might be able to offer at this level compete in any way with
what he could make in the NHL. All we would be able to
provide is hockey" (LAS VEGAS REVIEW-JOURNAL, 9/15).
NOTES: The Broncos "have accepted the NFL's request" to
play a preseason game next August in Sydney, Australia.
Their opponent will be the Chargers, whose punter, Darren
Bennett, is Australian (CO Springs GAZETTE-TELEGRAPH, 9/17).
...The three-game WNBA Brazil Tour '98, which will feature a
team of WNBA All-Stars, is a joint effort of the league and
the Confederao Brasileira de Basquete, and will include
youth programs and appearances designed to increase
basketball awareness. The first game is September 29 (W.H.
Stickney, HOUSTON CHRONICLE, 9/17).
"Both parties are at fault," according to Dave
D'Alessandro of the Newark STAR-LEDGER, who offers his
"solution" to the NBA's labor woes. D'Alessandro writes
that the players' "main problem is that they are mesmerized
by the misguided notion that fiscal stupidity should be the
basis of fair market value." The owners, meanwhile, say
that the players earned 58% of all basketball-related income
(BRI) last year, but "what they don't tell you is that the
BRI includes only" 40% of luxury-box income, 40% of signage,
none of the revenue from NBA theme stores "that exploit the
players' names, and none of the naming-rights revenue on
arenas." D'Alessandro: "The only logical solution is to
keep the present system but find a way to restrict annual
increases." D'Alessandro suggests a "graduated raise
system," in which "the annual increases in the standard
contract is contingent on the base salary," and "profit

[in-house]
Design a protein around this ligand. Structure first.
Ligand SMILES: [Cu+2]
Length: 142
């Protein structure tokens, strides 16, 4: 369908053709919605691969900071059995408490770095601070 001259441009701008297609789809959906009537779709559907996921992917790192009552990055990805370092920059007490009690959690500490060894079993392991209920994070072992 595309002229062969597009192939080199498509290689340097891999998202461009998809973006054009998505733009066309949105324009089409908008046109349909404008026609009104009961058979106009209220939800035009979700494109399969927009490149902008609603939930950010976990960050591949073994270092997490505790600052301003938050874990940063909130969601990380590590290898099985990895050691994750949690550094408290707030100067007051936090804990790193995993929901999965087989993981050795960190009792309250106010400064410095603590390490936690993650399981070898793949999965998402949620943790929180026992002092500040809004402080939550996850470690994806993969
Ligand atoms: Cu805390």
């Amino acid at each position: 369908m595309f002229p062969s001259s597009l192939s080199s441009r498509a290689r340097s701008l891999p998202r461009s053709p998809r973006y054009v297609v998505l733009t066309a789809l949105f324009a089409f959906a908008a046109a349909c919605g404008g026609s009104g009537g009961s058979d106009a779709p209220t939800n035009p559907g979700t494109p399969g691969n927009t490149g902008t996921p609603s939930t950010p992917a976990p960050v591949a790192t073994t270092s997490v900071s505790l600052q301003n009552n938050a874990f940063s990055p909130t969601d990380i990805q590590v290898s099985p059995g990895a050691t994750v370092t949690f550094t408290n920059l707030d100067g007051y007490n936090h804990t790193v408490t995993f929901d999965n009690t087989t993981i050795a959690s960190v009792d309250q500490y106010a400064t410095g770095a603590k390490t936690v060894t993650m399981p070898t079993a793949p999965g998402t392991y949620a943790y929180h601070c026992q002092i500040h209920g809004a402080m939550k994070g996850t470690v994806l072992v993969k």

sharing" of revenue sources such as gate and signage. He
also suggests a new rookie scale whereby picks 1-10 are
"bound" to five-year contracts, picks 11-20 for four years,
21-29 for three years, with all becoming unrestricted free
agents when their contracts expire. D'Alessandro, noting
that the NBA's last proposal to the union included a minimum
salary of $350,000, with an extra $50,000 per season after
five years of service: "The union should take the money and
run, but not before asking for the $50,000 raises to kick in
after two years" (Newark STAR-LEDGER, 9/17).
PLAYERS FRUSTRATED, BUT UNITED: Sonics player rep Vin
Baker: "This is definitely discouraging. We can come to an
agreement to make this thing work. There has to be a happy
medium. ... If we lock out for a long time, and if Michael
Jordan retires, those are significant things that could
really put us a big step back" (Portland OREGONIAN, 9/15).
Raptors rep Dee Brown: "We might have a shortened training
camp, a few pre-season games, but I'm optimistic we won't
miss any regular-season games" (TORONTO SUN, 9/16). Pacers
F Chris Mullin: "From what I've heard, it doesn't look like
training camp will start on time. After that, who knows?"
Pacers G Fred Hoiberg: "We just have to stay positive and
stay together. If the guaranteed players do get paid, there
can't be any jealousy" (INDIANAPOLIS STAR-NEWS, 9/16).
Rockets C Hakeem Olajuwon: "It's sad. Both sides know
there's so much at stake" (AP/S.A. EXPRESS-NEWS, 9/16).
Grizzlies F Shareef Abdur-Rahim: "This is something you
think would happen more to truck drivers or pilots. In
professional sports, you wouldn't think this would be going
on. ... As players, we have to put up the best deal, but
hopefully we can do a deal where both sides are comfortable"
(Vancouver PROVINCE, 9/15). Warriors rookie Antawn Jamison,
on coming out of college early: "Honestly, I don't regret
(my decision) at all. ... I definitely didn't think it would
last this long and be this serious. I thought everything
would be fixed by now. At most, I thought we'd miss a
couple of days of training camp. But I didn't know it would
be this much of a headache" (SAN JOSE MERCURY NEWS, 9/17).
MOVING CAMP: In Toronto, Frank Zicarelli reports that
NBA teams "have been put on official notice to seek
alternative training camp sites" (TORONTO SUN, 9/17).